By Lynn Thorne
Shawn Dempsey called his wife from the hospital a half a world away to tell her he’d been shot. Dempsey, a Gunny Sergeant in the Marines, was in Fallujah, Iraq, when he was targeted by a sniper. It’s the call every military spouse dreads.
“When he told me what happened, it hurt. I was sick to my stomach,” remembers Leslie Dempsey. Leslie and her sons, 13-year-old Joe and 16-year-old John, were well aware of the danger when Shawn headed out for his third deployment in July 2006.
“The risk was real from day one. Every deployment is real. It’s a gut check,” Leslie says.
Dempsey returned home to Lincoln Military Housing in Annapolis in March, 2007, and is healing fine. But according to Dr. Bruce Turnquist, his family’s concern — the fear of injury and death — is just one of many sources of stress among military families. There are others that may seem more trivial but are just as potent.
“When they’re waiting for a loved one, the biggest issue is loneliness, and the running of life,” says Turnquist, a former Army psychologist who teaches the course “Reunited: Family Life After Deployment,” at Anne Arundel Community College. He says even simple things like taking care of the home and paying the bills are stressful for the military spouse who’s suddenly single.
Couples with children face even more complexities. The spouse is now essentially a single parent dealing with the day-to-day issues of child rearing. “They’re used to being half of a whole,” says Carol Fritz, the Work and Family Life Consultant at Annapolis Fleet and Family Support Center. “Now they’re coping with so much more all on their own.”
Deployment weighs heavy on the children. Thirteen-year-old Tazsie Ball of Annapolis remembers when his dad, Petty Officer First Class Daniel Ball, shipped out aboard the U.S.S. Nimitz bound for Iraq in February 2003. “When he left, he told me that I had to be the man of the house. It was really hard because the man of the house isn’t supposed to cry,” says Ball, then 11. “But I’d cry at night because I’d think about what could happen to him. And I wanted to cry when I’d look at my little brother and sister, who were asking when Dad would come home.”
Some youth act out while their parent is deployed, testing the waters to see how much they can get away with. Others exhibit behavioral issues when the soldier returns. Lora Rodriguez’s three-year-old son, Luis, is still dealing with issues from her 10-month deployment in January 2005.
“He was standoffish with me when I came home. He barely talked to me the whole time I was deployed. He was so mad. I think he’s still mad,” says the Annapolis resident.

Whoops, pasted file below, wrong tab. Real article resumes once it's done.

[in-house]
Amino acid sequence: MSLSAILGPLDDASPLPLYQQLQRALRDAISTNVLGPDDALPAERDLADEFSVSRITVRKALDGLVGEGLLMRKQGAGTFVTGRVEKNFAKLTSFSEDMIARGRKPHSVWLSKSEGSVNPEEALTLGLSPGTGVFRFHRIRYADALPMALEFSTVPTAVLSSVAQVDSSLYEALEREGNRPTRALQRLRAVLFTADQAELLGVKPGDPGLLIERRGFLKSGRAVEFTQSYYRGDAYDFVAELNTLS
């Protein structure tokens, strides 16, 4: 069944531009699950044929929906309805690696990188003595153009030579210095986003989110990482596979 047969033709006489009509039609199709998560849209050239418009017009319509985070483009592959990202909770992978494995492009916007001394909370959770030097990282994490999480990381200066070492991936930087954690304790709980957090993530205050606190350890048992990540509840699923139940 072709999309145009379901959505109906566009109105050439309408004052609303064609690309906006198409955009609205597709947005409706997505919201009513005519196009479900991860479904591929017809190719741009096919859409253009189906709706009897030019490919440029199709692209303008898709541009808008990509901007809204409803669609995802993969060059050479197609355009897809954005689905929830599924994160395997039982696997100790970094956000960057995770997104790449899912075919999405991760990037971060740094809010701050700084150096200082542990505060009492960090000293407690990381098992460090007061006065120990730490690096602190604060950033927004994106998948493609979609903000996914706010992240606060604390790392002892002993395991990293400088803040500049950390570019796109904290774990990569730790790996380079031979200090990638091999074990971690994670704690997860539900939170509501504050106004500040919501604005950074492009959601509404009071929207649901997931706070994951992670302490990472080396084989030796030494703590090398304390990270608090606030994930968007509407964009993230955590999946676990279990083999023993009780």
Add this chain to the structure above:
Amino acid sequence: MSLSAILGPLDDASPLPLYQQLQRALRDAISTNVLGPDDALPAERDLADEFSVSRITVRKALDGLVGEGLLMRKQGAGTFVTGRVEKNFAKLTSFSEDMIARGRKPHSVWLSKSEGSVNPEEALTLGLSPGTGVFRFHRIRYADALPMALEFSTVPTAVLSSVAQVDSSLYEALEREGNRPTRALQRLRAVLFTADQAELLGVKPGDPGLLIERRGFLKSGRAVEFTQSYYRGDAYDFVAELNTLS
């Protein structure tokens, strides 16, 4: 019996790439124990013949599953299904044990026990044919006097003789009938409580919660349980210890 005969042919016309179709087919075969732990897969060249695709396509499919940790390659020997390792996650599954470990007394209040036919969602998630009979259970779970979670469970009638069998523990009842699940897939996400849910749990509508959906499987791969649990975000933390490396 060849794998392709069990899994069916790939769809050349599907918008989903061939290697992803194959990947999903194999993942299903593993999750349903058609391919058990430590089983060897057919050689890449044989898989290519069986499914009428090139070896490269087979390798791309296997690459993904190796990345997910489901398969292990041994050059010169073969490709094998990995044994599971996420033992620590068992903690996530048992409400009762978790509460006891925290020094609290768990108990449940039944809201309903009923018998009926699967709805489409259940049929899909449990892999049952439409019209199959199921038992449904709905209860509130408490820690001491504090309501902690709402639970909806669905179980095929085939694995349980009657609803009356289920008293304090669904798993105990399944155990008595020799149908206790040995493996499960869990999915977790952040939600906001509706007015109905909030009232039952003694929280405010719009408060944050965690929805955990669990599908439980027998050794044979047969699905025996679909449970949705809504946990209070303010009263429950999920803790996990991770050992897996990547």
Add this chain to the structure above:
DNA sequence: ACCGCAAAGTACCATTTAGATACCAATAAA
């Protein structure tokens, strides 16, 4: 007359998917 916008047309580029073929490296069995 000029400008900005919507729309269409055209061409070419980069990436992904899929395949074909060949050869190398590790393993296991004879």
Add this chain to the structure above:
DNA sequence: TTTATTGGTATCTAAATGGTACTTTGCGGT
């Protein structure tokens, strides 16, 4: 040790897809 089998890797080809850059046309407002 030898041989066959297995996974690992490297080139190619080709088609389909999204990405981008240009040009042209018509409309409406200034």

The situation is compounded by the fact that Rodriguez’s husband is now deployed to the same U.S. military hospital in Kuwait where she worked. The 38-year-old Rodriguez says little Luis is less anxious this time because, “he knows where his dad’s going. I came home. It’s easier for him to understand because ‘Mommy’s okay and she came home from the same place.’”
It’s common for children to be insecure following deployment. When Anita Crafts’ husband returned home to Annapolis in March 2007 after seven months in Afganistan, their three-year-old daughter, Samantha, had a hard time whenever her father was out of sight. “When he’d leave to go to work, she’d say, ‘Where’d Daddy go? When’s he coming back?’”
Even something as joyous as the homecoming can be stressful. Dr. Turnquist says it’s imperative that everyone talk beforehand. “It’s absolutely fine for the family to plan a big homecoming event but they need to understand that the service member may not be ready for that, especially if they’ve been very traumatized. They may want their first night home to be quiet with their spouse and children,” says Turnquist.
Kerry Gehring is still waiting for that homecoming. Her husband, Jim, is full-time active duty with the Maryland Army National Guard. He’s in Iraq, scheduled to come home in June 2008. In Turnquist’s class she learned that she needs to give Jim some space.
“Dr. Turnquist said try not to jump right in to one-on-one time. Don’t force things to happen.” Gehring’s husband has two weeks of leave coming up and she’ll take Turnquist’s advice when she meets him to spend it in Australia. “We’ll plan some other activities for the first five days, rent a car and tour the area for awhile. Maybe the second week we’ll be ready to have some quiet time together.”
Experts also advise giving a soldier some time and space to talk about their experiences. Leslie Dempsey says her husband vents to his compatriots but that it’s taken awhile for him to open up to her. “Don’t pressure them to tell you anything, especially if they’ve been through something pretty bad,” Dempsey says. “When they’re ready to talk, they’ll talk.”
That advice goes for adjusting to family life in general after deployment. Whether it’s parenting issues or balancing the books, Turnquist advises, “ease back into regular life. Just observe. Take time with the kids and with the spouse. There’s plenty of time to work out the details.”
Lynn Thorne is a freelance writer, wife and mother of two who lives in La Plata, MD.